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The Tempest, Frankenstein & Cloud Nine

The Tempest, Frankenstein & Cloud Nine

The Social Construction of Value Judgments

If we examine the texts of Shakespeare’s The Tempest, Mary Shelly’s Frankenstein, and Caryl Churchill’s drama Cloud Nine, we see that values are as socially constructed as surely as Dr. Frankenstein constructs his monster. Value judgments abound in all three works. When individuals do not fit into preconceived conceptions, stereotypes, and roles, they are de-valued, considered abhorrent, vile, and monstrous. The dilemma is that the individuals doing the judging can only define the other, i.e., what is NOT them, as “bad”, “wrong”, “monstrous”, or some other devaluation. For example, Caliban is only considered vile because he is not like those who label him as such, i.e., he is not English or white. As Miranda says of her father’s enslaved native “’Tis a villain, sir,/I do not love to look on” (Shakespeare 5).

What we see in the above is a binary at work. In other words, what is white is good and anything not white by virtue of this definition is not good. Thus, individuals who do not fit into a socially constructed label, one constructed by the empowered status-quo, are often labeled as bad, vile, monstrous or something else that devalues them merely because they are NOT what has already been established by their judges as “good.” We see this in Frankenstein. In this novel, Shelly’s depiction of the monster is truly ironic. In an effort to illustrate the social construction of values and how value judgements often pigeon-hole, ostracize, and oppress individuals outside of their boundaries, Shelly’s monster is the most humane and sympathetic character in the novel. However, conventional society views this laboratory-born individual a “monster” because he does not conform to their perceptions and definitions of “good” or “normal.” To society, anything that is not the “self” (i.e., group n...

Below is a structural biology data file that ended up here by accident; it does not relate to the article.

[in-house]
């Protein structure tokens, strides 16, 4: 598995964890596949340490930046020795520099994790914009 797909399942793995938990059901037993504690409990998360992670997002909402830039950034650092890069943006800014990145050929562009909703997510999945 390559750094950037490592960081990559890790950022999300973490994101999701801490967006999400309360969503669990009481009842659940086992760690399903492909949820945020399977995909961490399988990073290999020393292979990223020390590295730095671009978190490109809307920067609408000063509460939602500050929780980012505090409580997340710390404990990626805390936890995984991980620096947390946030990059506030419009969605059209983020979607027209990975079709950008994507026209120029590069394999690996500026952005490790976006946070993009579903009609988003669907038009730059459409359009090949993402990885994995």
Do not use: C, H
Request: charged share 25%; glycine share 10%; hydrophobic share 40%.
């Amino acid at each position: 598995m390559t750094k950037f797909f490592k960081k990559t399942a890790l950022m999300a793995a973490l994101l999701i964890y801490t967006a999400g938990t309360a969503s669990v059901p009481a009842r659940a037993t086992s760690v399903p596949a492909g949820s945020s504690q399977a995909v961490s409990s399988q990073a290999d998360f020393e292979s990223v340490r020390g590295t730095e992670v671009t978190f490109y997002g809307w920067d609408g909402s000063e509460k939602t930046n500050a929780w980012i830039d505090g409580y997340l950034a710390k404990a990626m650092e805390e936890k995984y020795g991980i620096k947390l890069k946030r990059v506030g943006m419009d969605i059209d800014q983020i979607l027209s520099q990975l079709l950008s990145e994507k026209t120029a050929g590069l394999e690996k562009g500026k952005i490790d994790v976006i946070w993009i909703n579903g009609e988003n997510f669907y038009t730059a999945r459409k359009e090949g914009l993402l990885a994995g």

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The Tempest, Frankenstein & Cloud Nine. (1969, December 31). In Retrieved 20:02, June 19, 2019, from